3.4.1. Watch TV… On Your TV

THE ANNOYANCE: I'd like to hook up my Windows Media Center Edition (MCE) machine to a TV so I can watch broadcasts, recordings, and even DVDs on the big screen. But when I try this, all I see is black. Does my PC have something against Bruce Campbell movies?

THE FIX: It's nothing personal, and it's probably easy to fix.

When you connect a TV to your computer, you should see your entire desktop, Start menu and all. If you see nothing at all, your PC's TV-out port may be disabled. If you're using a laptop, you may have to press a special keystroke combination to "activate" the TV-out and external VGA ports. On some Dell laptops, for instance, hold the Fn key while pressing F8 to switch between the internal display, the external display, and both; consult your computer's documentation for details. Press these keys repeatedly until you see a picture.

If you see a picture for everything except the video, you have a video overlay problem. See "Shed Light on Blank Videos," earlier in this chapter, for a number of workarounds.

Naturally, make sure you're using the right cable. Your PC's TV-out port might use a standard S-Video plug, or it might require a proprietary connector (at extra cost, of course). If your computer lacks a TV-out port, you'll need to get an adapter cable that can connect the PC's external VGA port to your TV. If your TV has a VGA port, you can make the link with a standard VGA cable. If not, you can get a VGA-to-RCA or VGA-to-S-Video adapter cheaply from eBay or conveniently from your local electronics store.

3.4.2. Mimic Media Center

THE ANNOYANCE: Windows MCE is really pretty, but I only have the plain (non-MCE) version of Windows XP. How can I copy MCE's spiffy look and feel?

THE FIX: Get the Royale Windows XP theme from As a special treat for you Windows users in New Zealand, you can get special Kiwi versions of the Bliss background wallpaper from!

3.4.3. Fix Broken TV Listings

THE ANNOYANCE: My television listings are wrong. How do I get the right ones for the channels I receive?

THE FIX: First, make sure your PC's clock is set correctly: open Date and Time Properties in the Control Panel and set the time and date. Click Apply, and then choose the Internet Time tab and make sure the "Automatically synchronize with an Internet Time Server" box is checked, so that your clock is always correct.

Next, your Zip Code in MCE might be wrong, which could cause you to get program data for a different region. Or you may be using an antenna, yet downloading programming data intended for cable or satellite broadcasts. From the main Media Center menu, choose Settings General Media Center Setup Set Up TV Signal, and follow the prompts. When asked whether you'd like to configure your TV signal automatically, choose "I will manually configure my TV signal." On the following page, choose whether your signal comes from cable, satellite, or antenna (terrestrial broadcast), after which you'll be prompted to set up your TV Program Guide. When prompted, type your Zip Code, and then click Next to confirm your choices and download the programming data for your area.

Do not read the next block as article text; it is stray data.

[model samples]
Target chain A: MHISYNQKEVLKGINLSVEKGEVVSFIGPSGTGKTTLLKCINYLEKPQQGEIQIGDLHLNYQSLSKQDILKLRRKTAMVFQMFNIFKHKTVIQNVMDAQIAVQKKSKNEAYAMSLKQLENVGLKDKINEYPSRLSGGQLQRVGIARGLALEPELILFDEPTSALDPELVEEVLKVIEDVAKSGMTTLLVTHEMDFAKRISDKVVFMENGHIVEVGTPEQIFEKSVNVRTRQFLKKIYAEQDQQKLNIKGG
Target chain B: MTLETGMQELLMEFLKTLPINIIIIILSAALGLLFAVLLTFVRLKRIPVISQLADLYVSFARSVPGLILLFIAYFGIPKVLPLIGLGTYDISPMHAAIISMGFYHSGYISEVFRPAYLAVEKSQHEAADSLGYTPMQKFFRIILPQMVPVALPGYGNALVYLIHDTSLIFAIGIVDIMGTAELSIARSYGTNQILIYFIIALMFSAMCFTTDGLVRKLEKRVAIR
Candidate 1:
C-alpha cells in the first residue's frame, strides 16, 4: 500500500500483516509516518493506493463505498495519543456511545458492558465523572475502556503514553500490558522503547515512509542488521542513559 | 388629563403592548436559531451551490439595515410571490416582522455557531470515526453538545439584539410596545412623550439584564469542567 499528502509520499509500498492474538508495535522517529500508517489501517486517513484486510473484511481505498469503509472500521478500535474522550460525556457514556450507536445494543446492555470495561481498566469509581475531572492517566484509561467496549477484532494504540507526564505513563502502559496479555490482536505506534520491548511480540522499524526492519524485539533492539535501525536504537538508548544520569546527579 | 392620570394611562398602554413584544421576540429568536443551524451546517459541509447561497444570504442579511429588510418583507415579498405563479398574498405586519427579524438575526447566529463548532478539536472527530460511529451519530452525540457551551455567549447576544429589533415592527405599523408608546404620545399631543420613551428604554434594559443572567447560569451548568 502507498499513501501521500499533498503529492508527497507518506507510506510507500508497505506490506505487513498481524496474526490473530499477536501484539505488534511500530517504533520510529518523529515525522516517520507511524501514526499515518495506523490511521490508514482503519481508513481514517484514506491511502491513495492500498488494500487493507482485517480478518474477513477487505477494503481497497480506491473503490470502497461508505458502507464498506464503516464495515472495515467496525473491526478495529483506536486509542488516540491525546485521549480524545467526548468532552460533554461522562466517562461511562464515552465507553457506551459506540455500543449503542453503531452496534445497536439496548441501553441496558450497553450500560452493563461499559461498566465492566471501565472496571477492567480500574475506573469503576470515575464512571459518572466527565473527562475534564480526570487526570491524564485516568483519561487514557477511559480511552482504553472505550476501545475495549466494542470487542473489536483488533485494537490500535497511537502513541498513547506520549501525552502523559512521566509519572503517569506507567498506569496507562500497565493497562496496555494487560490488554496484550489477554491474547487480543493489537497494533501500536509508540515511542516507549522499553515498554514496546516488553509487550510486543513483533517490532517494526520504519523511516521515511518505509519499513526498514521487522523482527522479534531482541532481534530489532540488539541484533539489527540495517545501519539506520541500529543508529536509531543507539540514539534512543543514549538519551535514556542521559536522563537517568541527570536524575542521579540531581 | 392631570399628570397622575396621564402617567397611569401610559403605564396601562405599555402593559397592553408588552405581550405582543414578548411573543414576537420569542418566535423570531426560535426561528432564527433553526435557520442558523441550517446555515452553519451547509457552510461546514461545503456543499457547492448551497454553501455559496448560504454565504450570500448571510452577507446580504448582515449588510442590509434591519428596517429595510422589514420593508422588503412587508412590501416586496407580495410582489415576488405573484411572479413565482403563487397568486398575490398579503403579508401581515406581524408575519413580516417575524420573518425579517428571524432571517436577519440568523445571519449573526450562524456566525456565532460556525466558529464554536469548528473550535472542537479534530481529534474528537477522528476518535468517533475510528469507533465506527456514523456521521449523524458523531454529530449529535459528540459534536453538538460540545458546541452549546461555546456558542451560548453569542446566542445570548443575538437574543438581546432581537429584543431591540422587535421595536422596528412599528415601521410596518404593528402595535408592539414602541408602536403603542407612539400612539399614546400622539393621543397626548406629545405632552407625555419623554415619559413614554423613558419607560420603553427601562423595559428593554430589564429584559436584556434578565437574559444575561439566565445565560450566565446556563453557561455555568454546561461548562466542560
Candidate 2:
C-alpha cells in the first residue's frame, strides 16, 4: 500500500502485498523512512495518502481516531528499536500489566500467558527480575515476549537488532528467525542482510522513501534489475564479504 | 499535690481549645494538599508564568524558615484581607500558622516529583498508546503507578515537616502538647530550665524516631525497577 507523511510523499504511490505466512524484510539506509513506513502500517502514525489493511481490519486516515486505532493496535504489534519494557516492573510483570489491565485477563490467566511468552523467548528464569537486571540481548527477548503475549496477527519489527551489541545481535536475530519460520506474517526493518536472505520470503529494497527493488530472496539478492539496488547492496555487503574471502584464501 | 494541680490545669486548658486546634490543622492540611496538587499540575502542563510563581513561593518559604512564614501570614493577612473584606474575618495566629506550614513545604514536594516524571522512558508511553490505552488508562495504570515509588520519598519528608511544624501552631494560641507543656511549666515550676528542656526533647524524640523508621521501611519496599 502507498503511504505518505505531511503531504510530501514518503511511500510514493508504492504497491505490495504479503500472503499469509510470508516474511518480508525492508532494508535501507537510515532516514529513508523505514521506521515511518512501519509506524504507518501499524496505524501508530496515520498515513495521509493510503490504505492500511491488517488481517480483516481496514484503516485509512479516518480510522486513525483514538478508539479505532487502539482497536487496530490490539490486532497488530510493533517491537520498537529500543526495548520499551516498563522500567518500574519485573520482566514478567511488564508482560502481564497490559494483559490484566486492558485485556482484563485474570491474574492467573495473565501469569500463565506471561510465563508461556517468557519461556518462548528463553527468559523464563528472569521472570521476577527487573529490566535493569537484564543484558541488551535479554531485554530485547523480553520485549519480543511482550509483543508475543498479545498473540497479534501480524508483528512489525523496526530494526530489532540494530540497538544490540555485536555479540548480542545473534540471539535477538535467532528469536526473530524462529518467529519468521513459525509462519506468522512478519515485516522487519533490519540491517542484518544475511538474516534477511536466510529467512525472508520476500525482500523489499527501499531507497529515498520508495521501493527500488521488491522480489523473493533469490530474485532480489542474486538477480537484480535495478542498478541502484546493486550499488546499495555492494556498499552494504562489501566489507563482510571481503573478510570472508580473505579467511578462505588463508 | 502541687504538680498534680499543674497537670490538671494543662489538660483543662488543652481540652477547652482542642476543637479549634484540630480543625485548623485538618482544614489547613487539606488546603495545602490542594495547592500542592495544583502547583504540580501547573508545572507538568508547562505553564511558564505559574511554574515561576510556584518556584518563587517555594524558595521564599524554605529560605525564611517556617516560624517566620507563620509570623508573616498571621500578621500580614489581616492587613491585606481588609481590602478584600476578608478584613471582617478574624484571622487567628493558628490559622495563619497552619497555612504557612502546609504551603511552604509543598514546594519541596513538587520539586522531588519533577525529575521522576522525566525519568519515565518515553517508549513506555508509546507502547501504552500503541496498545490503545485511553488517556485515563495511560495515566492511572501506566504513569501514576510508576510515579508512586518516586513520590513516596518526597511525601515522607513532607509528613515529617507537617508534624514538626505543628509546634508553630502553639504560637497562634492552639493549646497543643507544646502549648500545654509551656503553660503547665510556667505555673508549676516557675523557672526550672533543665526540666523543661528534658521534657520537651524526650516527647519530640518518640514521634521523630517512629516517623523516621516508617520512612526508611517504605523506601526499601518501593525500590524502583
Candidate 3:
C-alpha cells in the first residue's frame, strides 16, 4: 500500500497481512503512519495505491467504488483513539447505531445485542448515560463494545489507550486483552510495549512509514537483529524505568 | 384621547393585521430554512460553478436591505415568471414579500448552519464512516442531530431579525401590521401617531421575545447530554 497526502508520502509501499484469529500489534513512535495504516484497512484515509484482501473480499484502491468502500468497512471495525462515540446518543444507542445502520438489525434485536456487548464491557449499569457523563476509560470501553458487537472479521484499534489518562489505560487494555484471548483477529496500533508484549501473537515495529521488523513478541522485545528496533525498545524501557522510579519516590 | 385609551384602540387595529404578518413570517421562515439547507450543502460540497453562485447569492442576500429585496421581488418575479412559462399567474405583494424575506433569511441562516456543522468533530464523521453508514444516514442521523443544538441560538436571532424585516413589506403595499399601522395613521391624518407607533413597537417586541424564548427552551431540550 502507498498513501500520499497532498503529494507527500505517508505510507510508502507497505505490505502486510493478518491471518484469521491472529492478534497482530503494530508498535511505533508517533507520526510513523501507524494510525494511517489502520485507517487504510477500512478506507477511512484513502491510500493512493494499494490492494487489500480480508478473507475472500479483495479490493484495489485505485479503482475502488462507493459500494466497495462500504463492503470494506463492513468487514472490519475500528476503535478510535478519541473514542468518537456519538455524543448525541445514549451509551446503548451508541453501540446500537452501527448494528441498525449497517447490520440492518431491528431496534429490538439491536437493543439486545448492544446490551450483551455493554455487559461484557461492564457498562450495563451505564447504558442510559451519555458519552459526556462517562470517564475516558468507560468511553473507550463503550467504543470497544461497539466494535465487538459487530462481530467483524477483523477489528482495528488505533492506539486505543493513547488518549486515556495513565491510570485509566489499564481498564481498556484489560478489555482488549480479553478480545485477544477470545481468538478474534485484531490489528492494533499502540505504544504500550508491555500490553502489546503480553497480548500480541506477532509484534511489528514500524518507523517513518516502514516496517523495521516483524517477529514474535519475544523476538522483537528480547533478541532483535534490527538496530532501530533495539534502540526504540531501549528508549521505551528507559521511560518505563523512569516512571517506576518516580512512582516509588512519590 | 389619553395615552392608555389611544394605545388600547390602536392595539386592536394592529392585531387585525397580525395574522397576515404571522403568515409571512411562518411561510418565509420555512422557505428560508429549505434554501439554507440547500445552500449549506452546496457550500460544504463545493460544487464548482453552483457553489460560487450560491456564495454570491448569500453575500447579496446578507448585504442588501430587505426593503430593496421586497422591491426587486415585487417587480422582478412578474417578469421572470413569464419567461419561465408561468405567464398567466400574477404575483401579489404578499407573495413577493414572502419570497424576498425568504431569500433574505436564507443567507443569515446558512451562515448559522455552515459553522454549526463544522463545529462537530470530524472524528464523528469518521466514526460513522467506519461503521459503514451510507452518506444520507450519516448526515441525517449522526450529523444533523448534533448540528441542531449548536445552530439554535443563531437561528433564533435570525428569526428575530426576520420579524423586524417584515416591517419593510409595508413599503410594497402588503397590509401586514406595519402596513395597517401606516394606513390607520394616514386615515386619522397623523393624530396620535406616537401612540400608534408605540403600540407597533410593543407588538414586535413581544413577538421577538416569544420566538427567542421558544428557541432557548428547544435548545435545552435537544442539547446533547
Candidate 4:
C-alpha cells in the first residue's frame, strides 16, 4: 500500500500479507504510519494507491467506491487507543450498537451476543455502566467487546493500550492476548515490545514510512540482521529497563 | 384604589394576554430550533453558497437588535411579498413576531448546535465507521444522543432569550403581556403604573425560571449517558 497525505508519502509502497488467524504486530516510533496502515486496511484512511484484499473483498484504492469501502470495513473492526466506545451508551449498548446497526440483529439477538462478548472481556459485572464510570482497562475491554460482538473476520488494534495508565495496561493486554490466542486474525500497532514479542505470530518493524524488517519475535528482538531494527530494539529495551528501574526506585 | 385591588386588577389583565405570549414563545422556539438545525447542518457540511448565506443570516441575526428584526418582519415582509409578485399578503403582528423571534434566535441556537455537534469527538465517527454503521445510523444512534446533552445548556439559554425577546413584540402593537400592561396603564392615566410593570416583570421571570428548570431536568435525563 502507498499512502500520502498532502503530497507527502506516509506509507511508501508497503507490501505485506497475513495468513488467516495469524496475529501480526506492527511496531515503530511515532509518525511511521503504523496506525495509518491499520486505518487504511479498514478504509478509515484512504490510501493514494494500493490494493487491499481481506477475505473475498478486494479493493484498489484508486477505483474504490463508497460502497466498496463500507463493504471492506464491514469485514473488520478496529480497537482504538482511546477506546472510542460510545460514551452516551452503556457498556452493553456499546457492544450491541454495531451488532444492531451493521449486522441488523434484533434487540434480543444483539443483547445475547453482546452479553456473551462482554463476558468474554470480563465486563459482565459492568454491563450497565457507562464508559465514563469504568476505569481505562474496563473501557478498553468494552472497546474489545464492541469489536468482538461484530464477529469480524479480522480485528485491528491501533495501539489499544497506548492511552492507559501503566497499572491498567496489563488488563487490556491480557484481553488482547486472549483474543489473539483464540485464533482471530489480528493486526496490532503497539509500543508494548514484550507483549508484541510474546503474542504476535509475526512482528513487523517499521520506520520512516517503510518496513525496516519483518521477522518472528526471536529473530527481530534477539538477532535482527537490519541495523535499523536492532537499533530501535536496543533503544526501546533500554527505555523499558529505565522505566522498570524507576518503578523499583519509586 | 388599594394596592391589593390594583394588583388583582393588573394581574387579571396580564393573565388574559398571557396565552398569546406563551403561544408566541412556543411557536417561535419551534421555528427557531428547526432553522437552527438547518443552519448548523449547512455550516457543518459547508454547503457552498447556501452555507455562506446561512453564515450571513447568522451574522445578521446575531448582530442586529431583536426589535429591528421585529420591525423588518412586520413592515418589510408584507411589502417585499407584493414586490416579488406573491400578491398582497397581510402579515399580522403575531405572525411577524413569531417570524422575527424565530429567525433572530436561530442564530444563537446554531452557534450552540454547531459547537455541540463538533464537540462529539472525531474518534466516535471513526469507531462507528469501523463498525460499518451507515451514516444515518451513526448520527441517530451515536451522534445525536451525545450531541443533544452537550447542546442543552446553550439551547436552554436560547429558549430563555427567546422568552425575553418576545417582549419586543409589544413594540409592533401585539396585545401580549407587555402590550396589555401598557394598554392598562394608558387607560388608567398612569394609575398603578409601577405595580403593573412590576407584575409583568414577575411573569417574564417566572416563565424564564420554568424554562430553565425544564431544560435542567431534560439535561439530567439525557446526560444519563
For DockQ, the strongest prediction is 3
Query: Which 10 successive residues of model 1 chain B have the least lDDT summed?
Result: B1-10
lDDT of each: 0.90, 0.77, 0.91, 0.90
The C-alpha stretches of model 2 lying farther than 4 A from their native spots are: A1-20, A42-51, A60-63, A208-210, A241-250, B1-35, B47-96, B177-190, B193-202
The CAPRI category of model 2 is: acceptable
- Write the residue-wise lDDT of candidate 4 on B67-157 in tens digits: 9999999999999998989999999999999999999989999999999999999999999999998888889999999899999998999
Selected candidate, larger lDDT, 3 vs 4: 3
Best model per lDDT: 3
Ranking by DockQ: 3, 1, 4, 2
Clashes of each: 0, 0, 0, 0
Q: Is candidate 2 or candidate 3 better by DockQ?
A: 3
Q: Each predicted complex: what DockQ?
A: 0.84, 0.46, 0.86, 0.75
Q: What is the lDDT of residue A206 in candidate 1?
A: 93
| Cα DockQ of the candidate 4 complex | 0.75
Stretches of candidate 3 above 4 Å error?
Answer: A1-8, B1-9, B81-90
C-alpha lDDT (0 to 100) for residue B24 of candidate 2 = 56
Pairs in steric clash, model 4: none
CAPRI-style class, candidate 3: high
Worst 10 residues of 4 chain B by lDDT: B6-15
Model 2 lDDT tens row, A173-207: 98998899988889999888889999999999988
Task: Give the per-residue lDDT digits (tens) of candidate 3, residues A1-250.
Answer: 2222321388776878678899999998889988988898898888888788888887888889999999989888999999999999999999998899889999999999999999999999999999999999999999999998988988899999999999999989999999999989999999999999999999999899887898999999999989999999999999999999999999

Of course, it's possible that all your settings are correct. If only a single program or a single channel is off, it could be a temporary glitch or last-minute programming change. Try manually downloading the latest programming data to iron out any such discrepancies. From the main Media Center menu, choose Settings TV Guide Get Latest Guide Listings.

If all your program data is off, you'll have to be a bit sneaky about it. The simplest solution is to spoof a different location by entering a Zip Code adjacent to your own; you may have to try a few different codes to find the one that delivers the data you need.

Note: Many HDTVs have only a single digital (HDMI or DVI) input, which may already be occupied (if you're lucky) by a DVD player with a digital output. If you don't want to settle for an analog connection between your PC and TV, you'll need an HDMI or DVI switch, the best examples of which can be found in some high-end digital home theater receivers.

3.4.4. Send a Digital Signal to Your HDTV

THE ANNOYANCE: I just spent all this money on a high-definition (HD) television, but the video I feed it from my Windows MCE PC looks terrible. What can I do?

THE FIX: The ports on your PC and the available connectors on the back of your TV limit your options. Ideally you want an all-digital connection, so avoid any analog plugs, such as your PC's TV-out/S-Video port or 15-pin VGA connector. Instead, use a Digital Video Interface (DVI) cable to connect the DVI port on your PC with the matching plug on your TV.

If your PC doesn't have a DVI port, you'll need to replace your video card with one that has DVI support; if you're using a laptop, you'll need to add a PCMCIA DVI card. (Tired of acronyms yet?)

If your HDTV doesn't have a DVI port, it probably has a newer High-Definition Multimedia Interface (HDMI) plug, which is essentially the same thing (albeit with audio); you can get HDMI-to-DVI adapters readily on eBay, and still achieve an all-digital connection. If your TV has no digital video inputsor they're already being usedyour next-best option is to use a DVI-to-composite adapter (also available on eBay); although your TV's composite inputs are analog (not digital), they do support progressive-scan video, which will still look a lot better than S-Video or (gasp) RCA connectors.

Once you've got the cabling in order, the next step is to set the resolution on your PC to optimize the picture quality, as described in "Sharpen Blurry Text" in Chapter 1. Set it too low, and it'll look pixelated; set it too high, and you might have overscanning problems (where the video runs off the screen). Try a few standard resolutions until you find one that looks good (1024x768 usually works pretty well). If you still have trouble, use PowerStrip (a free trial is available at to find the optimal resolution and timing settings for your TV.

Of course, no matter what you do, the standard-definition TV tuner in your PC will never provide the same quality, clarity, and color as a true HDTV tuner card. See the next annoyance for more information.

3.4.5. Capture HDTV Programming

THE ANNOYANCE: I'd like to watch HDTV broadcasts on my computer, but I only seem to be able to get standard-definition (SD) programming. What gives?

THE FIX: You can only receive high-definition programming with a true HDTV tuner. In North America, you'll need an ATSC tuner card for your PC; in Europe and other parts of the world, you'll need a DVB tuner. HD tuners will receive terrestrial broadcasts, but not necessarily cable or satellite broadcasts. For that, you'll likely need an HD tuner with a cable card slot; contact your cable/satellite provider for details.